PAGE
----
TRIPOLI, LEBANON // Pictures of Syrian President Bashar Al Assad stare out from posters while a Syrian flag fluttered nearby.
"We are for you, Abu Hafez" read a banner, referring to a nickname for the Syrian president.
As pressure mounts on the Syrian regime, it is clear whom many support in Jebel Mohsen in the northern Lebanese city of Tripoli.
This neighbourhood is home to many of the city's Alawite population - followers of the same offshoot of Shiite Islam as the Al Assad dynasty. The majority of Tripoli's population of about 500,000 is Sunni. But the city is also home to tens of thousands of Alawites, according to community leaders, although there are no official figures.
One potential flashpoint is around the small enclave of Jebel Mohsen, which sits perched atop a hill surrounded by majority Sunni neighbourhoods, where regular demonstrations against the Assad regime have been taking place.
On Thursday night, sectarian tensions were again heightened, local residents said, when a group from Jebel Mohsen attempted to erect a picture of Mr Al Assad in an area overlooking their Sunni neighbours.
"When I see a picture of Bashar, who killed Muslims, we hate this and we refuse that these pictures should be displayed in Tripoli," said Sheikh Zakariya Al Masri, a Sunni religious leader who lives nearby. "If everything was normal in Syria then I don't care, but not under these circumstances."
Yousef, a 34-year-old from Jebel Mohsen, who works in downtown Tripoli, and did not want to give his surname, called the situation in the community tense.
"Everyone in the Arab world is worried, Lebanese people included," he said. "Lebanon will be affected if the Assad regime stays or goes ... I support Assad to remain because if he goes I think there will be war in Syria between all religions."
In mid-June, fighting broke out between armed opponents and supporters of the Al Assad regime in Jebel Mohsen and the adjoining Bab Al Tabbaneh neighbourhood, a Sunni stronghold. A mosque in the area still bears black marks after it was hit during the clashes that left at least three dead.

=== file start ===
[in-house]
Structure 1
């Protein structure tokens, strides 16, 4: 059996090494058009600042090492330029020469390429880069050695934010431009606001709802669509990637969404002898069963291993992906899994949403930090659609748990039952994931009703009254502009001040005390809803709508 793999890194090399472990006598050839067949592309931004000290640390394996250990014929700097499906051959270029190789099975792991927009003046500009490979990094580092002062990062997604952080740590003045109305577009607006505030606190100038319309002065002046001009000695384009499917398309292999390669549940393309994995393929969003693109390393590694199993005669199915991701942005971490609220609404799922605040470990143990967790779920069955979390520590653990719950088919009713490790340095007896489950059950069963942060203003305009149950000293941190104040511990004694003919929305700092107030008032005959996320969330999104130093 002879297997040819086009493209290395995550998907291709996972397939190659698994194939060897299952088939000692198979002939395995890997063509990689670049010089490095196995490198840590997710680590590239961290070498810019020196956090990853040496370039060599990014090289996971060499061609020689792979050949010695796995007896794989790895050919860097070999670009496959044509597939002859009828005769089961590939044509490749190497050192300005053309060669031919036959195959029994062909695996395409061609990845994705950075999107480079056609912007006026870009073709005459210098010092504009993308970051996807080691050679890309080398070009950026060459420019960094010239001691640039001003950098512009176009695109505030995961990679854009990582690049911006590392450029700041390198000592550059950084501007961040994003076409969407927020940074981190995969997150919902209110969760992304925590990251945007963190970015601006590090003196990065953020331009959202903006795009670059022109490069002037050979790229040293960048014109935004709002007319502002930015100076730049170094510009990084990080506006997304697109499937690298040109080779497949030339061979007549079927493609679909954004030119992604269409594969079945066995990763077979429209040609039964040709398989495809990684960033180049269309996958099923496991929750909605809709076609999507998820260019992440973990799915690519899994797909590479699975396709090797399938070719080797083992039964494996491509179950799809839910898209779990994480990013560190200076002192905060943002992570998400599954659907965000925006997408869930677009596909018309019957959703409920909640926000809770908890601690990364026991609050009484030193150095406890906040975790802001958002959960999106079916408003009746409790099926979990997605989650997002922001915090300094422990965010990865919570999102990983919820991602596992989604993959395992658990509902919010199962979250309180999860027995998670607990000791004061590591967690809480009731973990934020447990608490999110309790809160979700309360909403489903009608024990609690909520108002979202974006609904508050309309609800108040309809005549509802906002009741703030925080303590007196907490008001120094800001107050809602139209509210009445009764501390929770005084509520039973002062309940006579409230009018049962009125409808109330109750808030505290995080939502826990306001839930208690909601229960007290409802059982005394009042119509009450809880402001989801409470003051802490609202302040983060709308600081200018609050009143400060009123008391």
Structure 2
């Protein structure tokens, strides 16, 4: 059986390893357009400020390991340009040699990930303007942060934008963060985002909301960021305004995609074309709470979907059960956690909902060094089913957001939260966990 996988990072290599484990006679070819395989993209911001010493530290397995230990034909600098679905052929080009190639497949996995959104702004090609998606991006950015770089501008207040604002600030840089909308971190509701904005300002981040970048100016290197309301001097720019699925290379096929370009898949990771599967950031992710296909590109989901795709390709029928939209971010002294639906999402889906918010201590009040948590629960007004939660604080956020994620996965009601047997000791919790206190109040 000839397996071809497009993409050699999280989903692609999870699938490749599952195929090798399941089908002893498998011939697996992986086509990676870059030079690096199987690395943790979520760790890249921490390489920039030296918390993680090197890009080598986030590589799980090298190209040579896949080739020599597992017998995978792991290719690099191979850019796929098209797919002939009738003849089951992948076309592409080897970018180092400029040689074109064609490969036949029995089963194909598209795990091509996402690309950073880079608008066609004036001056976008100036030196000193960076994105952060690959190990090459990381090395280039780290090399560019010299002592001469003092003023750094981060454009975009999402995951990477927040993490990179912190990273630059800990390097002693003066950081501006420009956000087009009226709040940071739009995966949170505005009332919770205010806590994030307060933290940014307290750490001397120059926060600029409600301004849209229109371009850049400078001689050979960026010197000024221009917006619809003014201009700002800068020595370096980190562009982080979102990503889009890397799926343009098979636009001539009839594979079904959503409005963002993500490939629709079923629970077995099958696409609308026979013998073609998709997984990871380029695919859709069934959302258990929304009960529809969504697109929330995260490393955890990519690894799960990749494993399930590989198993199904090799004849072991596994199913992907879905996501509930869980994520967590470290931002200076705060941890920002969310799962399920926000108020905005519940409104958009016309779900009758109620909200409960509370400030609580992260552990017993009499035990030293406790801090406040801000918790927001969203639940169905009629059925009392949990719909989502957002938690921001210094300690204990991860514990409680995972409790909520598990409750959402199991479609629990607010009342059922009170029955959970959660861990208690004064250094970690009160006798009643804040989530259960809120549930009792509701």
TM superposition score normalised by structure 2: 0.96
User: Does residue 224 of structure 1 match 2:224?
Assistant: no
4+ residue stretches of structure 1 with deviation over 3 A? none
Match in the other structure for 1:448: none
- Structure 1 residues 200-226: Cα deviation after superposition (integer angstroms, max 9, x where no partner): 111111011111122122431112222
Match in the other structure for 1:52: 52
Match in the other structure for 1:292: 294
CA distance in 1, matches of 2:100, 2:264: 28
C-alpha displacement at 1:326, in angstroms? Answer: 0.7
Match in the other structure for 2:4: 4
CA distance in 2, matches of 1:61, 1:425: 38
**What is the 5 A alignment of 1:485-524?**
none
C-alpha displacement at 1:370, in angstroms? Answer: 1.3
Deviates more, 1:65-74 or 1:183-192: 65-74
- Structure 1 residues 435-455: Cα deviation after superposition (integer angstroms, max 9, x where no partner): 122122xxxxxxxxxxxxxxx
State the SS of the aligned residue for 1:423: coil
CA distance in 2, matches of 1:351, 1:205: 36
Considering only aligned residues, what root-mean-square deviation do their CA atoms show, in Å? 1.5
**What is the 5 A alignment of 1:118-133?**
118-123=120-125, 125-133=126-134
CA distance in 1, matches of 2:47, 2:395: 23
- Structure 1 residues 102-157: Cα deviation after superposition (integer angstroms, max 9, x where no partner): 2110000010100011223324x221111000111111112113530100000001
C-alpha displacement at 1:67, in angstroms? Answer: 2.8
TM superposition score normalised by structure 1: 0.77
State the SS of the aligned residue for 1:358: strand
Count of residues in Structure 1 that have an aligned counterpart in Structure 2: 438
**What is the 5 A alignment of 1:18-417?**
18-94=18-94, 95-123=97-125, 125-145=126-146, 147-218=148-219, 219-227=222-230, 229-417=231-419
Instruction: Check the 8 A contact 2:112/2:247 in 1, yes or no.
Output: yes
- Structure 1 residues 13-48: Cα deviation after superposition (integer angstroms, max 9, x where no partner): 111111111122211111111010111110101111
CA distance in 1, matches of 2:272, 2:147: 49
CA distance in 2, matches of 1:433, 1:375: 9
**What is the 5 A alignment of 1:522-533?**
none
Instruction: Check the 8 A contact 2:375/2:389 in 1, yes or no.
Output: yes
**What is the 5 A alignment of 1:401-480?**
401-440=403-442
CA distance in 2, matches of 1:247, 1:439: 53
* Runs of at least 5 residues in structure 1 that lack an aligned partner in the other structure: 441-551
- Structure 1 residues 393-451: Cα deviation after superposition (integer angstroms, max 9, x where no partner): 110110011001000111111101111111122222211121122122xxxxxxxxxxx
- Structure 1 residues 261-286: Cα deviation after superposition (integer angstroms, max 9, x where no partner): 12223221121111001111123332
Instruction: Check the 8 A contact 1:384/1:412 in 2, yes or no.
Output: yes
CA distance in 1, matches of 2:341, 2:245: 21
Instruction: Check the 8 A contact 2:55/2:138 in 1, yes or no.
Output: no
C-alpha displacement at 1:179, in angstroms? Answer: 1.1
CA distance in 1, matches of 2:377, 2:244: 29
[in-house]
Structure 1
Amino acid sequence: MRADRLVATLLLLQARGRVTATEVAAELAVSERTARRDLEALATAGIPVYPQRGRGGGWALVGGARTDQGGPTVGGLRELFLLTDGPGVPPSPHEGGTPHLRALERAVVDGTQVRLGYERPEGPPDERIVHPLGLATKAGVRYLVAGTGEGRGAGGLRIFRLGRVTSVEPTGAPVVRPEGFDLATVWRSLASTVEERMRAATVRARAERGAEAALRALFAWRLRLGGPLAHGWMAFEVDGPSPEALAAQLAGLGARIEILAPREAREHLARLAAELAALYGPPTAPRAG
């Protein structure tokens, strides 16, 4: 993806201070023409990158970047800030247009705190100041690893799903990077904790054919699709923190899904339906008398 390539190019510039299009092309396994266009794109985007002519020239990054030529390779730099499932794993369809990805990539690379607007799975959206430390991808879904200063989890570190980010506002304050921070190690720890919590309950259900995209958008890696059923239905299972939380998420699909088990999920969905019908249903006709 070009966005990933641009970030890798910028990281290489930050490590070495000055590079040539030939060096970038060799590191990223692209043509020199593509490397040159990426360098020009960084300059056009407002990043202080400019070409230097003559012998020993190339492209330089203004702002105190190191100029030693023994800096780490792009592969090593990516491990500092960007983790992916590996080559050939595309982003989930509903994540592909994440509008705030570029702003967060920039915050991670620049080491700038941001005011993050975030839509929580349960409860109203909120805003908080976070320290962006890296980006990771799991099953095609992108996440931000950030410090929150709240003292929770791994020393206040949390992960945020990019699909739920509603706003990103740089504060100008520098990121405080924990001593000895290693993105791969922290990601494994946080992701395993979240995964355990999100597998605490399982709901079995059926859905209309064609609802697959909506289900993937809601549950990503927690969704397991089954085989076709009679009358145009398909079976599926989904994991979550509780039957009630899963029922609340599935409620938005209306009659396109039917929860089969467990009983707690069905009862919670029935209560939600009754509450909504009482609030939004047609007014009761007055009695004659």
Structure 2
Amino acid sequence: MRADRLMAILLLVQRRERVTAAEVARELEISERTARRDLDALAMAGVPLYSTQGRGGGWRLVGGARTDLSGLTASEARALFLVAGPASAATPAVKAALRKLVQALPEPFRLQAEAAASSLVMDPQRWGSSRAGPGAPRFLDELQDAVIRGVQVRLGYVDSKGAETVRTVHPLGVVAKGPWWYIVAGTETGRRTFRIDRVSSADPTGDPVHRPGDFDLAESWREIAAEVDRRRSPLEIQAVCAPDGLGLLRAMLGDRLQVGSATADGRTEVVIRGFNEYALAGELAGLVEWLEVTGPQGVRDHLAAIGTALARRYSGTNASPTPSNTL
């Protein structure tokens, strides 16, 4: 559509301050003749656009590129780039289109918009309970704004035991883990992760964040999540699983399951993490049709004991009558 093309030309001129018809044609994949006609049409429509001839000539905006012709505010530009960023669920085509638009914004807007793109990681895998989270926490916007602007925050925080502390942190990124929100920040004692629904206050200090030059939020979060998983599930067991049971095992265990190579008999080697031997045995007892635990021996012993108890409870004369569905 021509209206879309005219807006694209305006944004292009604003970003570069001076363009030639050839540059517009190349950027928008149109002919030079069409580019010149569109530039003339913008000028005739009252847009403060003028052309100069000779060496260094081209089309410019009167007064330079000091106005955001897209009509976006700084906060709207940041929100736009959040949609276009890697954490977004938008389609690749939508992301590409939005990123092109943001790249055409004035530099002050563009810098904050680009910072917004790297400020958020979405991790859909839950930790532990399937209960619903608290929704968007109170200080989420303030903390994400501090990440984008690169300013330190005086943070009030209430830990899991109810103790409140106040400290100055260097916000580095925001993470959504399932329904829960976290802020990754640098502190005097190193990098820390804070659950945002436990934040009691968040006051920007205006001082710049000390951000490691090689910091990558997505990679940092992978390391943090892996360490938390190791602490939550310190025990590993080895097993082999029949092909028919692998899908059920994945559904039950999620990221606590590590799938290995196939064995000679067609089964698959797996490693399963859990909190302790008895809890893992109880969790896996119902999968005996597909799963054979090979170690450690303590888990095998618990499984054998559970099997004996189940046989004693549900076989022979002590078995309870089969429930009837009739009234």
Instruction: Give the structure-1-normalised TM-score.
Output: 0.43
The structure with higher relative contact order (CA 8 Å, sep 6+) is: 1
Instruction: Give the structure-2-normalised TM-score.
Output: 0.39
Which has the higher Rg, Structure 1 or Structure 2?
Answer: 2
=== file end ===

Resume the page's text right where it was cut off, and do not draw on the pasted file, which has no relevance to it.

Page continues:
Lebanon's minority Alawite community gained political clout during Syria's 29-year military presence in the country, which ended in 2005. Elements of the community still look to Syria for support.
Meanwhile, radical Salafist elements are also known to be active among Tripoli's Sunni population. The densely populated city with high levels of poverty, is a "hotbed" for extremism, said Elias Hanna, a Lebanese strategic analyst and retired general.
"This place is fertile for clashes between Tripoli and Jebel Mohsen, but this is certainly not the first time," said Mr Hanna. "For now, everybody is ready and preparing for any scenario regarding Syria...Tripoli could be the clash point between Sunnis and Alawites, but it depends on what happens in Syria."
Tension between the Sunni and Alawite communities in Tripoli is not new. In 2008, months of bloody clashes that left dozens dead ended after a truce was signed between Sunni and Alawite leaders.
Members of both communities said they would not be the ones to instigate further violence.
"But, if something happens, then we have to defend ourselves," said Sheikh Al Masri. "When the Syrian regime falls shortly as we expect, we will not attack them unless they do something."
Abdel Latif Saleh, a local mukhtar or community leader from Jebel Mohsen, and member of the pro-Syrian Arab Democratic Party, downplayed any unrest in his neighbourhood. "The situation here is fine," he said. "From start to finish we are Lebanese. But we are friends of Syria because Syria is a country of resistance against Israel."
The Syrian government is coming under unprecedented diplomatic pressure, particularly in the wake of US and European calls for Bashar al Assad to step down. However, Mr Saleh, 37, and others in the Alawite community dismissed such actions.
Mr Saleh, 37, and others in the Alawite community believe what is happening in Syria "is Israel and the US trying to start their project for a new Middle East. Everything is normal there."
Just a few streets away in the nearby neighbourhood of Qoubba, Sheikh Al Masri, paints a very different picture of Syria.
"Muslims in Syria are under attack from the regime, from the Syrian government," he said. "The Muslims in Lebanon started to support them, especially in Tripoli...We support them vocally so people in Syria feel they can continue."
Sheikh Al Masri said he knew Syrians who fled the violence in their country and are now staying with relatives in Tripoli. "They told me that what we are seeing on the television is only a fraction of what is going on," he said.
However, back in Jebel Mohsen, Mr Saleh, who said he visited the besieged Syrian city of Homs last week expressed the opposing view.
"All what you see on television - don't believe it," he said.